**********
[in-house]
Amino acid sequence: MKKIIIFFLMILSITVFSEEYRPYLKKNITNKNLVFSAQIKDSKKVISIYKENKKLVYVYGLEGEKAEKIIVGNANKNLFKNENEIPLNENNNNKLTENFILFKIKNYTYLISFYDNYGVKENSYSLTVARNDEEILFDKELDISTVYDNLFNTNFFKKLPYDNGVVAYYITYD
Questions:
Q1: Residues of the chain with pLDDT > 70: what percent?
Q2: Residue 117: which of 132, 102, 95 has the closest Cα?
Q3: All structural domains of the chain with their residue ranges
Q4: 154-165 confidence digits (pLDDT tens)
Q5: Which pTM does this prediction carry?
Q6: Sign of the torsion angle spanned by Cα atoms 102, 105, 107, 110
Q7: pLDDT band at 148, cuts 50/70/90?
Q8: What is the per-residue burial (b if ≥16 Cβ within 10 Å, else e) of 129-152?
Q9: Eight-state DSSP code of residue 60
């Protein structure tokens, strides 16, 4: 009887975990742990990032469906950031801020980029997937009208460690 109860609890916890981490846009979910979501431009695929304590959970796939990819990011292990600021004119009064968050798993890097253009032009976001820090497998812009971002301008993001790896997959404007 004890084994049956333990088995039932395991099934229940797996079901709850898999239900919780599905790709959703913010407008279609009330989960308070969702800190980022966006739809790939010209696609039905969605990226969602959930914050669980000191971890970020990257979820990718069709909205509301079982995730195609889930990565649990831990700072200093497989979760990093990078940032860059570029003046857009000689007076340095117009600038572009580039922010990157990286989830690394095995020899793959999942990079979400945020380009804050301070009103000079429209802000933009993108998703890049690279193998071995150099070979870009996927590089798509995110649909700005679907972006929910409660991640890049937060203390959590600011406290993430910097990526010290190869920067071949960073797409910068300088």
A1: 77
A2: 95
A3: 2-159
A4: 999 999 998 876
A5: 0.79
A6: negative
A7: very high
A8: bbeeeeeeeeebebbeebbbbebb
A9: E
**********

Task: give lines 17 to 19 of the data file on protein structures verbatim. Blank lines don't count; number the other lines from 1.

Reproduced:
A4: 999 999 998 876
A5: 0.79
A6: negative